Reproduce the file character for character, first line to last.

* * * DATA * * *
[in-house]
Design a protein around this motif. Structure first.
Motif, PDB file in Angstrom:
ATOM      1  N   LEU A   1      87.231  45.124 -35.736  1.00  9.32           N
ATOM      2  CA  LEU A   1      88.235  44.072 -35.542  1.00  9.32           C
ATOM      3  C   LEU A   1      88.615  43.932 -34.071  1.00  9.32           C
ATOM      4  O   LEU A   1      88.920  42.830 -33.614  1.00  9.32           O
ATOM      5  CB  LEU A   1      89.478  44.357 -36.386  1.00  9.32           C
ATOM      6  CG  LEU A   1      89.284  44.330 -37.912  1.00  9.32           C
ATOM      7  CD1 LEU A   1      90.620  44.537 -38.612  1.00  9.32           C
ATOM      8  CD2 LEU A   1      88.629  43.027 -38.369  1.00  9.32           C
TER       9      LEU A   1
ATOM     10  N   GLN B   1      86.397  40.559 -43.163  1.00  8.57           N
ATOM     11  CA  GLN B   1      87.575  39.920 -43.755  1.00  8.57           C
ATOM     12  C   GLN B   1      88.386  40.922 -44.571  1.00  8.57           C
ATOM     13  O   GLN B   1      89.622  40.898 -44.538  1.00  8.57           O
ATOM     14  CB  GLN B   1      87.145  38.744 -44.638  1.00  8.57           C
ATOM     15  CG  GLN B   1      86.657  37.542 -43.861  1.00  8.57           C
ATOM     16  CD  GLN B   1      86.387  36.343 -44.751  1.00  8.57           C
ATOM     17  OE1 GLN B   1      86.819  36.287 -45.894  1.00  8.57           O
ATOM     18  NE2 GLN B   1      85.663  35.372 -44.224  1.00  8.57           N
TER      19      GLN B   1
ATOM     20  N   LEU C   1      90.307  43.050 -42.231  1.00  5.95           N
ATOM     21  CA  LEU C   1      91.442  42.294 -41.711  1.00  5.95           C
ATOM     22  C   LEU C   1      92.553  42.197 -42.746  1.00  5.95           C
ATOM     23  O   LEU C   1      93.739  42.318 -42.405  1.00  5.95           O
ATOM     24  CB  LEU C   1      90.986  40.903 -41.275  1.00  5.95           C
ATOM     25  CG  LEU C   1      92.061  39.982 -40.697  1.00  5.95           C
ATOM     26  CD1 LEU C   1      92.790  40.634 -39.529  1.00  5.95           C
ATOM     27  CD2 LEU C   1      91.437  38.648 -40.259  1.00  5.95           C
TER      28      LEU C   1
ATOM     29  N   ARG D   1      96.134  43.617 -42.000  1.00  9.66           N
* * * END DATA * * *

[in-house]
Design a protein around this motif. Structure first.
Motif, PDB file in Angstrom:
ATOM      1  N   LEU A   1      87.231  45.124 -35.736  1.00  9.32           N
ATOM      2  CA  LEU A   1      88.235  44.072 -35.542  1.00  9.32           C
ATOM      3  C   LEU A   1      88.615  43.932 -34.071  1.00  9.32           C
ATOM      4  O   LEU A   1      88.920  42.830 -33.614  1.00  9.32           O
ATOM      5  CB  LEU A   1      89.478  44.357 -36.386  1.00  9.32           C
ATOM      6  CG  LEU A   1      89.284  44.330 -37.912  1.00  9.32           C
ATOM      7  CD1 LEU A   1      90.620  44.537 -38.612  1.00  9.32           C
ATOM      8  CD2 LEU A   1      88.629  43.027 -38.369  1.00  9.32           C
TER       9      LEU A   1
ATOM     10  N   GLN B   1      86.397  40.559 -43.163  1.00  8.57           N
ATOM     11  CA  GLN B   1      87.575  39.920 -43.755  1.00  8.57           C
ATOM     12  C   GLN B   1      88.386  40.922 -44.571  1.00  8.57           C
ATOM     13  O   GLN B   1      89.622  40.898 -44.538  1.00  8.57           O
ATOM     14  CB  GLN B   1      87.145  38.744 -44.638  1.00  8.57           C
ATOM     15  CG  GLN B   1      86.657  37.542 -43.861  1.00  8.57           C
ATOM     16  CD  GLN B   1      86.387  36.343 -44.751  1.00  8.57           C
ATOM     17  OE1 GLN B   1      86.819  36.287 -45.894  1.00  8.57           O
ATOM     18  NE2 GLN B   1      85.663  35.372 -44.224  1.00  8.57           N
TER      19      GLN B   1
ATOM     20  N   LEU C   1      90.307  43.050 -42.231  1.00  5.95           N
ATOM     21  CA  LEU C   1      91.442  42.294 -41.711  1.00  5.95           C
ATOM     22  C   LEU C   1      92.553  42.197 -42.746  1.00  5.95           C
ATOM     23  O   LEU C   1      93.739  42.318 -42.405  1.00  5.95           O
ATOM     24  CB  LEU C   1      90.986  40.903 -41.275  1.00  5.95           C
ATOM     25  CG  LEU C   1      92.061  39.982 -40.697  1.00  5.95           C
ATOM     26  CD1 LEU C   1      92.790  40.634 -39.529  1.00  5.95           C
ATOM     27  CD2 LEU C   1      91.437  38.648 -40.259  1.00  5.95           C
TER      28      LEU C   1
ATOM     29  N   ARG D   1      96.134  43.617 -42.000  1.00  9.66           N